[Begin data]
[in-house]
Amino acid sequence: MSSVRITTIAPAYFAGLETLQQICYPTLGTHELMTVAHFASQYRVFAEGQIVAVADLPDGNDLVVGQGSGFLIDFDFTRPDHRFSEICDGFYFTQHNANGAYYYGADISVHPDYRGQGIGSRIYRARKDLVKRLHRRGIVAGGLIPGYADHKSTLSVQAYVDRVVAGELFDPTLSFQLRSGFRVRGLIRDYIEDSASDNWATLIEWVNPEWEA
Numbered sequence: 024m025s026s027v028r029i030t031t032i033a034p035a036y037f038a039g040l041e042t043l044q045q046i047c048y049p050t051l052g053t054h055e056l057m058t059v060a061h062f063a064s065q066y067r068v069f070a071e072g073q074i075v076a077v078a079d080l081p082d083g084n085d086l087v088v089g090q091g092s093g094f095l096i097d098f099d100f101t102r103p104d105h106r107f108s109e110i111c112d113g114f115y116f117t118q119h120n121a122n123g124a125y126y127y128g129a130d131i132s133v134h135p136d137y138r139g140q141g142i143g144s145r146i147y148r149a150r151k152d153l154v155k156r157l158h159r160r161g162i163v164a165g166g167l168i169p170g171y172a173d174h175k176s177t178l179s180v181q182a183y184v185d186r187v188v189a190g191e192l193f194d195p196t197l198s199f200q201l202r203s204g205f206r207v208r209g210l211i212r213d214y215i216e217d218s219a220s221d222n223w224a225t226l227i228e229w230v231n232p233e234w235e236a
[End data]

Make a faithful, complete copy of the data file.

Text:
[in-house]
Amino acid sequence: MSSVRITTIAPAYFAGLETLQQICYPTLGTHELMTVAHFASQYRVFAEGQIVAVADLPDGNDLVVGQGSGFLIDFDFTRPDHRFSEICDGFYFTQHNANGAYYYGADISVHPDYRGQGIGSRIYRARKDLVKRLHRRGIVAGGLIPGYADHKSTLSVQAYVDRVVAGELFDPTLSFQLRSGFRVRGLIRDYIEDSASDNWATLIEWVNPEWEA
Numbered sequence: 024m025s026s027v028r029i030t031t032i033a034p035a036y037f038a039g040l041e042t043l044q045q046i047c048y049p050t051l052g053t054h055e056l057m058t059v060a061h062f063a064s065q066y067r068v069f070a071e072g073q074i075v076a077v078a079d080l081p082d083g084n085d086l087v088v089g090q091g092s093g094f095l096i097d098f099d100f101t102r103p104d105h106r107f108s109e110i111c112d113g114f115y116f117t118q119h120n121a122n123g124a125y126y127y128g129a130d131i132s133v134h135p136d137y138r139g140q141g142i143g144s145r146i147y148r149a150r151k152d153l154v155k156r157l158h159r160r161g162i163v164a165g166g167l168i169p170g171y172a173d174h175k176s177t178l179s180v181q182a183y184v185d186r187v188v189a190g191e192l193f194d195p196t197l198s199f200q201l202r203s204g205f206r207v208r209g210l211i212r213d214y215i216e217d218s219a220s221d222n223w224a225t226l227i228e229w230v231n232p233e234w235e236a